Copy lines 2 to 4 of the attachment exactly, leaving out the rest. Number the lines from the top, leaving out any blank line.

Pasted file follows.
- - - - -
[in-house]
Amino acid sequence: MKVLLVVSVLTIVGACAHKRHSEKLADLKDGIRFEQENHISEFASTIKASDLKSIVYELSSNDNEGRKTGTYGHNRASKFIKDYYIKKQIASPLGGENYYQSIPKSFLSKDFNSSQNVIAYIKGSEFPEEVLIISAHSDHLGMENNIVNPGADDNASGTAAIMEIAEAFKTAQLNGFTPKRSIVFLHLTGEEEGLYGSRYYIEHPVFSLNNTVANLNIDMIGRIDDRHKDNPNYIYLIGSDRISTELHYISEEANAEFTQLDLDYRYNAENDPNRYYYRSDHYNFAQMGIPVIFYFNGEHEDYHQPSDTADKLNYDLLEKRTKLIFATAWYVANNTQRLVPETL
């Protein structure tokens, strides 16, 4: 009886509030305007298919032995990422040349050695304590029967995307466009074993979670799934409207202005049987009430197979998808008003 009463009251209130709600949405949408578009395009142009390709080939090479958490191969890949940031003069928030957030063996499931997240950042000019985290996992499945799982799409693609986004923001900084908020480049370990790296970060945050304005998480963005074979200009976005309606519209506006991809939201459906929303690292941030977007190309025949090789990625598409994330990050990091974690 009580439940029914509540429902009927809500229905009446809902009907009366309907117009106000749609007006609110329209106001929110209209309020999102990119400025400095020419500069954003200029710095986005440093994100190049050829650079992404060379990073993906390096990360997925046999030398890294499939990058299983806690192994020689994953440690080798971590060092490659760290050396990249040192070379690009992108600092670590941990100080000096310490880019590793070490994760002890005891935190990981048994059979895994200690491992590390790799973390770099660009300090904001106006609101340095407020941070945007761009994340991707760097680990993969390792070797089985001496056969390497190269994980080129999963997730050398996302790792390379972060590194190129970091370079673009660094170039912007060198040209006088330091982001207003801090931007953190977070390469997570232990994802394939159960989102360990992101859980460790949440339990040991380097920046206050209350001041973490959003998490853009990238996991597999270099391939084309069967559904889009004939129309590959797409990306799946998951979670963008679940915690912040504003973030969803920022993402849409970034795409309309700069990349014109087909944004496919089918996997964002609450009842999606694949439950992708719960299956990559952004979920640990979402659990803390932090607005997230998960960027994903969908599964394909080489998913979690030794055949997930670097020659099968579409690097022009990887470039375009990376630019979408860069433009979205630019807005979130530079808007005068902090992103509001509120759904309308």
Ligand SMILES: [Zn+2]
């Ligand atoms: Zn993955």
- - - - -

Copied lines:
Amino acid sequence: MKVLLVVSVLTIVGACAHKRHSEKLADLKDGIRFEQENHISEFASTIKASDLKSIVYELSSNDNEGRKTGTYGHNRASKFIKDYYIKKQIASPLGGENYYQSIPKSFLSKDFNSSQNVIAYIKGSEFPEEVLIISAHSDHLGMENNIVNPGADDNASGTAAIMEIAEAFKTAQLNGFTPKRSIVFLHLTGEEEGLYGSRYYIEHPVFSLNNTVANLNIDMIGRIDDRHKDNPNYIYLIGSDRISTELHYISEEANAEFTQLDLDYRYNAENDPNRYYYRSDHYNFAQMGIPVIFYFNGEHEDYHQPSDTADKLNYDLLEKRTKLIFATAWYVANNTQRLVPETL
């Protein structure tokens, strides 16, 4: 009886509030305007298919032995990422040349050695304590029967995307466009074993979670799934409207202005049987009430197979998808008003 009463009251209130709600949405949408578009395009142009390709080939090479958490191969890949940031003069928030957030063996499931997240950042000019985290996992499945799982799409693609986004923001900084908020480049370990790296970060945050304005998480963005074979200009976005309606519209506006991809939201459906929303690292941030977007190309025949090789990625598409994330990050990091974690 009580439940029914509540429902009927809500229905009446809902009907009366309907117009106000749609007006609110329209106001929110209209309020999102990119400025400095020419500069954003200029710095986005440093994100190049050829650079992404060379990073993906390096990360997925046999030398890294499939990058299983806690192994020689994953440690080798971590060092490659760290050396990249040192070379690009992108600092670590941990100080000096310490880019590793070490994760002890005891935190990981048994059979895994200690491992590390790799973390770099660009300090904001106006609101340095407020941070945007761009994340991707760097680990993969390792070797089985001496056969390497190269994980080129999963997730050398996302790792390379972060590194190129970091370079673009660094170039912007060198040209006088330091982001207003801090931007953190977070390469997570232990994802394939159960989102360990992101859980460790949440339990040991380097920046206050209350001041973490959003998490853009990238996991597999270099391939084309069967559904889009004939129309590959797409990306799946998951979670963008679940915690912040504003973030969803920022993402849409970034795409309309700069990349014109087909944004496919089918996997964002609450009842999606694949439950992708719960299956990559952004979920640990979402659990803390932090607005997230998960960027994903969908599964394909080489998913979690030794055949997930670097020659099968579409690097022009990887470039375009990376630019979408860069433009979205630019807005979130530079808007005068902090992103509001509120759904309308």
Ligand SMILES: [Zn+2]